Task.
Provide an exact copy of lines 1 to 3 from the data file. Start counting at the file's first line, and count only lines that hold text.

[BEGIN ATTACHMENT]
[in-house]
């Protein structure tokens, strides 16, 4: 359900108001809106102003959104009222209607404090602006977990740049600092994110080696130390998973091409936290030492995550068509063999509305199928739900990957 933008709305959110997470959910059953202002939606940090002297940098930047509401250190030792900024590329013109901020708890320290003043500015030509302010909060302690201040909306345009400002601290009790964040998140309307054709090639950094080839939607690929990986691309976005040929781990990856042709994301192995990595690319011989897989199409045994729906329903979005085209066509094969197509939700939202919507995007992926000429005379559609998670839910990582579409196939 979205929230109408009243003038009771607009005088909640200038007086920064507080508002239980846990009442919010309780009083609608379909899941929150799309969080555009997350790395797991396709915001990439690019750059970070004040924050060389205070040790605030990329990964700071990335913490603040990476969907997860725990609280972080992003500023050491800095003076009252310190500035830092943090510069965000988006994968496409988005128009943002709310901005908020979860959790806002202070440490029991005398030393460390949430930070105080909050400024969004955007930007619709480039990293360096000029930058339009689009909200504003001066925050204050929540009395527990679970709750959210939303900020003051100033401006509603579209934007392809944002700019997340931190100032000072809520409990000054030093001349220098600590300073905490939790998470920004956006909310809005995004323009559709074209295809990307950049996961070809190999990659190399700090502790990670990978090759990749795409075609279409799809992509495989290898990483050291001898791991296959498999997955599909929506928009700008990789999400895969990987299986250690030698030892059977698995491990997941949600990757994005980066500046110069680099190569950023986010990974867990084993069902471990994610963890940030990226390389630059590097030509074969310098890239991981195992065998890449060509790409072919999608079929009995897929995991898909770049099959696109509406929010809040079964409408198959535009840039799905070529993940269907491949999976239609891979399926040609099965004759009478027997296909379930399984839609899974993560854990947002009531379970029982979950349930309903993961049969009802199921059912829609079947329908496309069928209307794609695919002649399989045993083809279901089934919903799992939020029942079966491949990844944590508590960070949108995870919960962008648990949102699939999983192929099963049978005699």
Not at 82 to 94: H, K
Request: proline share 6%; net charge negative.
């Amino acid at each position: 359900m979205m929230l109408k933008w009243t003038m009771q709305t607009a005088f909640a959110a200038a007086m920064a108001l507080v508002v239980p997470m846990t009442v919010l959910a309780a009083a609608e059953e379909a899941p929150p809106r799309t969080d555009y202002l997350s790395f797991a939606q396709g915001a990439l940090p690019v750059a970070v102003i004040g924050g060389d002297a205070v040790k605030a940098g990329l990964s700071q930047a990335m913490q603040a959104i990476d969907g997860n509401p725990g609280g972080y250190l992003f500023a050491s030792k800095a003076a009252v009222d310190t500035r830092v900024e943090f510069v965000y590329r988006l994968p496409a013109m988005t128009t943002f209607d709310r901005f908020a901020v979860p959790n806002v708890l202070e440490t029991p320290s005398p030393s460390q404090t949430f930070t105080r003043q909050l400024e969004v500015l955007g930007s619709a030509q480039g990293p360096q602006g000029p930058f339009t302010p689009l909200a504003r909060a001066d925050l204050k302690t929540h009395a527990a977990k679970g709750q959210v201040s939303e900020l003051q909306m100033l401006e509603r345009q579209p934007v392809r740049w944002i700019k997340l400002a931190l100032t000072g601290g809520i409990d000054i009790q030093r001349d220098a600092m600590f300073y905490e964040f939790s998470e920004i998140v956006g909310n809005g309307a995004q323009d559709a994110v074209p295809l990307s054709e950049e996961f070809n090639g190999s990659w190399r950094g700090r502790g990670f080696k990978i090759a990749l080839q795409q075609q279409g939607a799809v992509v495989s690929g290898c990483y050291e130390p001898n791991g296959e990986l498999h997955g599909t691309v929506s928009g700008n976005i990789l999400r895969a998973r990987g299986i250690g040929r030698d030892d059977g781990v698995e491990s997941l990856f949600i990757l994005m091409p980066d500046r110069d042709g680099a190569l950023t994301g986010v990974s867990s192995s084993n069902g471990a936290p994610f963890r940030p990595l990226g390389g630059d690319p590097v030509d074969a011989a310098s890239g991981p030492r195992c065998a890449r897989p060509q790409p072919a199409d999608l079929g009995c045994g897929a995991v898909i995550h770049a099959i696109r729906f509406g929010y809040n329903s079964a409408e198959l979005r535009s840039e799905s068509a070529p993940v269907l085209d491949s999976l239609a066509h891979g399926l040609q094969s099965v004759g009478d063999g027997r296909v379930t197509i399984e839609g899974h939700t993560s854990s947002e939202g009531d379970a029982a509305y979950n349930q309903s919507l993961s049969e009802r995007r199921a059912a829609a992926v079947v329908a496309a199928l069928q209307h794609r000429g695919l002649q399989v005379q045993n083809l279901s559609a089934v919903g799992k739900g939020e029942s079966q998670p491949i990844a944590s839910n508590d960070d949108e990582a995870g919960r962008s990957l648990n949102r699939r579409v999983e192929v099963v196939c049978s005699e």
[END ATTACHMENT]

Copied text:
[in-house]
């Protein structure tokens, strides 16, 4: 359900108001809106102003959104009222209607404090602006977990740049600092994110080696130390998973091409936290030492995550068509063999509305199928739900990957 933008709305959110997470959910059953202002939606940090002297940098930047509401250190030792900024590329013109901020708890320290003043500015030509302010909060302690201040909306345009400002601290009790964040998140309307054709090639950094080839939607690929990986691309976005040929781990990856042709994301192995990595690319011989897989199409045994729906329903979005085209066509094969197509939700939202919507995007992926000429005379559609998670839910990582579409196939 979205929230109408009243003038009771607009005088909640200038007086920064507080508002239980846990009442919010309780009083609608379909899941929150799309969080555009997350790395797991396709915001990439690019750059970070004040924050060389205070040790605030990329990964700071990335913490603040990476969907997860725990609280972080992003500023050491800095003076009252310190500035830092943090510069965000988006994968496409988005128009943002709310901005908020979860959790806002202070440490029991005398030393460390949430930070105080909050400024969004955007930007619709480039990293360096000029930058339009689009909200504003001066925050204050929540009395527990679970709750959210939303900020003051100033401006509603579209934007392809944002700019997340931190100032000072809520409990000054030093001349220098600590300073905490939790998470920004956006909310809005995004323009559709074209295809990307950049996961070809190999990659190399700090502790990670990978090759990749795409075609279409799809992509495989290898990483050291001898791991296959498999997955599909929506928009700008990789999400895969990987299986250690030698030892059977698995491990997941949600990757994005980066500046110069680099190569950023986010990974867990084993069902471990994610963890940030990226390389630059590097030509074969310098890239991981195992065998890449060509790409072919999608079929009995897929995991898909770049099959696109509406929010809040079964409408198959535009840039799905070529993940269907491949999976239609891979399926040609099965004759009478027997296909379930399984839609899974993560854990947002009531379970029982979950349930309903993961049969009802199921059912829609079947329908496309069928209307794609695919002649399989045993083809279901089934919903799992939020029942079966491949990844944590508590960070949108995870919960962008648990949102699939999983192929099963049978005699």
Not at 82 to 94: H, K